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Robert Kerr (writer)
This eBook from the Gutenberg Project consists of approximately 647 pages of information about A General History and Collection of Voyages and Travels Volume 01.

[20] This curious account of the origin of ambergris, was revived again
    about twenty-five years ago, and published in the Philosophical
    Transactions of the Royal Society of London, as a new discovery.  The
    only difference in the modern account of the matter is, that the
    ambergris originates within the alimentary canal of the whale, in
    consequence, probably, of some disease; and that the lumps which are
    found afloat, or cast on shore, had been extruded by these
    animals.—­E.

[21] Bahrein is an island in the Persian gulf, on the Arabian shore, still
    celebrated for its pearl fishery.—­E.

CHAP.  V.

Travels of Rabbi Benjamin of Tudela, through Europe, Asia, and Africa, from Spain to China, between A.D. 1160 and 1173[1].

This Spanish Jew was the son of Rabbi Jonas, of Tudela, a small town in Navarre.  According to the testimony of Rabbi Abraham Zuka, a celebrated professor of astronomy at Salamanca, it is supposed that Rabbi Benjamin travelled from 1160 to 1173.  Young Barratier, a prodigy of early literary genius, asserts that Benjamin never made the journey at all, but patched up the whole work from contemporary writers.  There is no doubt that his work is full of incredible tales, yet many of the anomalies it contains, may have proceeded from mistakes of copyists; exaggeration was the taste of the times, and other travellers who are believed actually to have travelled, are not behind him in the marvellous.  These often relate the miracles of pretended Christian saints, while he details the wonders performed by Jewish Rabbis.  He contains however, many curious pieces of information, not to be found anywhere else, and it seems necessary and proper to give a full abstract of his travels in this place.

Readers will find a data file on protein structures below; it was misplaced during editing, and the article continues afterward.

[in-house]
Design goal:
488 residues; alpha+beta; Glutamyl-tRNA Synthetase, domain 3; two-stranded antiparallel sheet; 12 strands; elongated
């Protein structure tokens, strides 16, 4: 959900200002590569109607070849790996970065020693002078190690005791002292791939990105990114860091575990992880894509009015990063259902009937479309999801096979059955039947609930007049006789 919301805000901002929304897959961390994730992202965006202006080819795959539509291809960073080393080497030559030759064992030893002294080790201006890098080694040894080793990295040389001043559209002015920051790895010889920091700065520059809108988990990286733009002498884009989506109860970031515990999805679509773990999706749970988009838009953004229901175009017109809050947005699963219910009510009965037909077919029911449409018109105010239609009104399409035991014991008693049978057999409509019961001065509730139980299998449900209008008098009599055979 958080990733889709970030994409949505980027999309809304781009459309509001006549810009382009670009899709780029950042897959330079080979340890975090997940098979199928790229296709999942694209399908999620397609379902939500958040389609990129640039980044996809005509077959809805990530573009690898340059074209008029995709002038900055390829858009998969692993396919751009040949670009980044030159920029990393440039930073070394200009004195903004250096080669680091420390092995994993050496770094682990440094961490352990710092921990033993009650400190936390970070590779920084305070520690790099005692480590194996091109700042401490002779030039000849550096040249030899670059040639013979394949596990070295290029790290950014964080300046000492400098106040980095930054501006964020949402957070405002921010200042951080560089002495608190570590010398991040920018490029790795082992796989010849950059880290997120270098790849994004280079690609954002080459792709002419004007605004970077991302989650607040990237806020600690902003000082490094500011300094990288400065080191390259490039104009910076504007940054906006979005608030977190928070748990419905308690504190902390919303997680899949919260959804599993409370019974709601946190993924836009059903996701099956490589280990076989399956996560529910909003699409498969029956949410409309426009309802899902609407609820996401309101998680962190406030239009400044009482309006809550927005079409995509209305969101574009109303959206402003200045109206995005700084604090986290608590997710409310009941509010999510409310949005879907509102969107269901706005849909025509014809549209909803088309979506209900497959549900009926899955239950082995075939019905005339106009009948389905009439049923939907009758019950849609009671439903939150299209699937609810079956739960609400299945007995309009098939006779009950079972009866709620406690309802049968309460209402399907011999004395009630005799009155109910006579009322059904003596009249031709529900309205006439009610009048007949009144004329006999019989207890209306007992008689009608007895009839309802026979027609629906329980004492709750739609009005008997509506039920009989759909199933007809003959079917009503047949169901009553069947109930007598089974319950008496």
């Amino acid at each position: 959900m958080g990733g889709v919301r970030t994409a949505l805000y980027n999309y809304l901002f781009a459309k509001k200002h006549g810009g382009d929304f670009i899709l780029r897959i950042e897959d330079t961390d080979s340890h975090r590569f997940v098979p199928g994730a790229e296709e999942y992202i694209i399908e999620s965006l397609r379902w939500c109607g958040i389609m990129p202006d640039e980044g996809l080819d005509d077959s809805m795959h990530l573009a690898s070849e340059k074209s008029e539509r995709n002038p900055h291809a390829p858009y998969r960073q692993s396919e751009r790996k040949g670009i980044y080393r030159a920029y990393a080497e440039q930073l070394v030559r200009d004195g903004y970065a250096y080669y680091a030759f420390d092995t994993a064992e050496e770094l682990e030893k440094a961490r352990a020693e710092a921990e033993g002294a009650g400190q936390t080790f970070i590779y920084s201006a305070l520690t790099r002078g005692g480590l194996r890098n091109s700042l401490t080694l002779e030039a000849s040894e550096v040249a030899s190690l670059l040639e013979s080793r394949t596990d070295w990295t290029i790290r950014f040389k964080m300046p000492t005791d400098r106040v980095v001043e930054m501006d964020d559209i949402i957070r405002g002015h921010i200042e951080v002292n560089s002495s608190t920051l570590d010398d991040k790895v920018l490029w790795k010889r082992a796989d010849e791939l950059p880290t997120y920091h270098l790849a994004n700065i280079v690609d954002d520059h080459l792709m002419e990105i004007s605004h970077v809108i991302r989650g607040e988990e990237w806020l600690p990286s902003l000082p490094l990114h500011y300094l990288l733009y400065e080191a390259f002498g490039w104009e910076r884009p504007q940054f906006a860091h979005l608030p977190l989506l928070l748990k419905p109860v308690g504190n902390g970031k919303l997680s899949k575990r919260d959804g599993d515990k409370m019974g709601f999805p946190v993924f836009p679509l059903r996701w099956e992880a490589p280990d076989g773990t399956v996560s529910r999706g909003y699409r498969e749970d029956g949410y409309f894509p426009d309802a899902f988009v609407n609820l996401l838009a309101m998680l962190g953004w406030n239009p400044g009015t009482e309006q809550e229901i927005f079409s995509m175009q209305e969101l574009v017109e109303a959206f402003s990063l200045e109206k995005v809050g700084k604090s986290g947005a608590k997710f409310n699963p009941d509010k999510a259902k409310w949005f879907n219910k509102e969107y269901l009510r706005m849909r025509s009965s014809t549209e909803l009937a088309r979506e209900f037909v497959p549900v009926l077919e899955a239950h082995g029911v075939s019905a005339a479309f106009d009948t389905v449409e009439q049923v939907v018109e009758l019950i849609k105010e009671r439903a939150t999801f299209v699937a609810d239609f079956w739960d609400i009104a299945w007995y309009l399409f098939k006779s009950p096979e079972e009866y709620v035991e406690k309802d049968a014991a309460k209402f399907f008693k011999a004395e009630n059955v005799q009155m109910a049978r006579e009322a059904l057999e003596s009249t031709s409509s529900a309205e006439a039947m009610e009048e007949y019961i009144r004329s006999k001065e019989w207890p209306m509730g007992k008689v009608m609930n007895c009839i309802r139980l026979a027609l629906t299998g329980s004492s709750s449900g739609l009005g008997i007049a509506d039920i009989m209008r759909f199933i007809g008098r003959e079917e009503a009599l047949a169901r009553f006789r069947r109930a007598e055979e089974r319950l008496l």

Travelling by land to Marseilles, Benjamin embarked for Genoa, and proceeded to Rome, from whence he went through the kingdom of Naples to Otranto, where he crossed over to Corfu and Butrinto, and journeyed by land through Greece to Constantinople, having previously visited the country of Wallachia.  All this takes up the four first chapters, which are omitted in Harris.  In the fifth, he gives an account of the city and Court of Constantinople, as follows:  Constantinople is an exceedingly great city, the capital of the Javanites[2], or the nation called Greeks, and the principal seat of the emperor Emanuel[3], whose commands are obeyed by twelve kings, for every one of whom there are several palaces in Constantinople, and they have fortresses and governments in other places of the empire, and to them the whole land is subject.  The principal of these is the Apripus, Praepositus, or prime minister; the second, Mega Dumastukitz, [Greek:  Mezas Domestichos], or great chamberlain; the third Dominot, Dominos, or lord:  but his peculiar office or department does not appear; the fourth Mackducus,

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